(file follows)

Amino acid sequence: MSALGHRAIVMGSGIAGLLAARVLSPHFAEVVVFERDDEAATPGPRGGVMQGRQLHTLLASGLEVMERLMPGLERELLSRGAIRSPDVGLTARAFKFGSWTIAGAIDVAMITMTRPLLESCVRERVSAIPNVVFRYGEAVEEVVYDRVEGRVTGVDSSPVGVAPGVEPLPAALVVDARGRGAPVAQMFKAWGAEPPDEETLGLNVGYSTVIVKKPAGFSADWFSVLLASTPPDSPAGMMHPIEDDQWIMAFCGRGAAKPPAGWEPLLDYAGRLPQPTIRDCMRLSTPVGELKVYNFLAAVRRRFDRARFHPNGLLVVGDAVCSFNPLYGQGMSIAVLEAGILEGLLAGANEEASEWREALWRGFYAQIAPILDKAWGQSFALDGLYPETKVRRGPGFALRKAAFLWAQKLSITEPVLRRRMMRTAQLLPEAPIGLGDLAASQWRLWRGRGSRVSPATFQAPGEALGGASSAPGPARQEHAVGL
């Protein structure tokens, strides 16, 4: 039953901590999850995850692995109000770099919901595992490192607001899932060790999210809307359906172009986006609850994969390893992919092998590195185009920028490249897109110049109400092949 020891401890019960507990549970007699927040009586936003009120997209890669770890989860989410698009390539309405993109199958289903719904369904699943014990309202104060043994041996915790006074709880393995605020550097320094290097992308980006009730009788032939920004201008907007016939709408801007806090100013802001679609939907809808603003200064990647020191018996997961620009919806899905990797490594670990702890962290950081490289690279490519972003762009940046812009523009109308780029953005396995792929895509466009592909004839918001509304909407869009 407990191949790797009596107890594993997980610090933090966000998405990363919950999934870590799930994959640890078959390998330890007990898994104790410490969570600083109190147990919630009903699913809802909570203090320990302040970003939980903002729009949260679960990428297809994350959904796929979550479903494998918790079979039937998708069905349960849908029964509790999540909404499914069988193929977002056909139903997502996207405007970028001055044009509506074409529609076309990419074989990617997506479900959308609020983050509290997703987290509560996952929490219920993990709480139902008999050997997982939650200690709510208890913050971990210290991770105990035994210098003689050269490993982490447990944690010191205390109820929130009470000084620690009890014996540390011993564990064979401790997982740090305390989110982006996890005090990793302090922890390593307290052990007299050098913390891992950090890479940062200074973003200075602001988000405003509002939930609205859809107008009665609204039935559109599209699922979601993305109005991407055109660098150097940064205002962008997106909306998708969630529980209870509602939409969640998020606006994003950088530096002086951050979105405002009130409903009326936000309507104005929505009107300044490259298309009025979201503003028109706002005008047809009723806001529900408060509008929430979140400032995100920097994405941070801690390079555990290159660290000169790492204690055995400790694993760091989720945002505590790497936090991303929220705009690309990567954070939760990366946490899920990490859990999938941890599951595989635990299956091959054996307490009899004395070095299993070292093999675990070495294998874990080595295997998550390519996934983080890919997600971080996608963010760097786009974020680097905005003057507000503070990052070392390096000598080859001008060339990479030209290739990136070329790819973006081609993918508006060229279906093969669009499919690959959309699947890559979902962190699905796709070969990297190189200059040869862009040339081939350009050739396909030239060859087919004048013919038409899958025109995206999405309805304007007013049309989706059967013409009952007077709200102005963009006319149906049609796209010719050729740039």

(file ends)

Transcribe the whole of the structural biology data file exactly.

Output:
Amino acid sequence: MSALGHRAIVMGSGIAGLLAARVLSPHFAEVVVFERDDEAATPGPRGGVMQGRQLHTLLASGLEVMERLMPGLERELLSRGAIRSPDVGLTARAFKFGSWTIAGAIDVAMITMTRPLLESCVRERVSAIPNVVFRYGEAVEEVVYDRVEGRVTGVDSSPVGVAPGVEPLPAALVVDARGRGAPVAQMFKAWGAEPPDEETLGLNVGYSTVIVKKPAGFSADWFSVLLASTPPDSPAGMMHPIEDDQWIMAFCGRGAAKPPAGWEPLLDYAGRLPQPTIRDCMRLSTPVGELKVYNFLAAVRRRFDRARFHPNGLLVVGDAVCSFNPLYGQGMSIAVLEAGILEGLLAGANEEASEWREALWRGFYAQIAPILDKAWGQSFALDGLYPETKVRRGPGFALRKAAFLWAQKLSITEPVLRRRMMRTAQLLPEAPIGLGDLAASQWRLWRGRGSRVSPATFQAPGEALGGASSAPGPARQEHAVGL
């Protein structure tokens, strides 16, 4: 039953901590999850995850692995109000770099919901595992490192607001899932060790999210809307359906172009986006609850994969390893992919092998590195185009920028490249897109110049109400092949 020891401890019960507990549970007699927040009586936003009120997209890669770890989860989410698009390539309405993109199958289903719904369904699943014990309202104060043994041996915790006074709880393995605020550097320094290097992308980006009730009788032939920004201008907007016939709408801007806090100013802001679609939907809808603003200064990647020191018996997961620009919806899905990797490594670990702890962290950081490289690279490519972003762009940046812009523009109308780029953005396995792929895509466009592909004839918001509304909407869009 407990191949790797009596107890594993997980610090933090966000998405990363919950999934870590799930994959640890078959390998330890007990898994104790410490969570600083109190147990919630009903699913809802909570203090320990302040970003939980903002729009949260679960990428297809994350959904796929979550479903494998918790079979039937998708069905349960849908029964509790999540909404499914069988193929977002056909139903997502996207405007970028001055044009509506074409529609076309990419074989990617997506479900959308609020983050509290997703987290509560996952929490219920993990709480139902008999050997997982939650200690709510208890913050971990210290991770105990035994210098003689050269490993982490447990944690010191205390109820929130009470000084620690009890014996540390011993564990064979401790997982740090305390989110982006996890005090990793302090922890390593307290052990007299050098913390891992950090890479940062200074973003200075602001988000405003509002939930609205859809107008009665609204039935559109599209699922979601993305109005991407055109660098150097940064205002962008997106909306998708969630529980209870509602939409969640998020606006994003950088530096002086951050979105405002009130409903009326936000309507104005929505009107300044490259298309009025979201503003028109706002005008047809009723806001529900408060509008929430979140400032995100920097994405941070801690390079555990290159660290000169790492204690055995400790694993760091989720945002505590790497936090991303929220705009690309990567954070939760990366946490899920990490859990999938941890599951595989635990299956091959054996307490009899004395070095299993070292093999675990070495294998874990080595295997998550390519996934983080890919997600971080996608963010760097786009974020680097905005003057507000503070990052070392390096000598080859001008060339990479030209290739990136070329790819973006081609993918508006060229279906093969669009499919690959959309699947890559979902962190699905796709070969990297190189200059040869862009040339081939350009050739396909030239060859087919004048013919038409899958025109995206999405309805304007007013049309989706059967013409009952007077709200102005963009006319149906049609796209010719050729740039």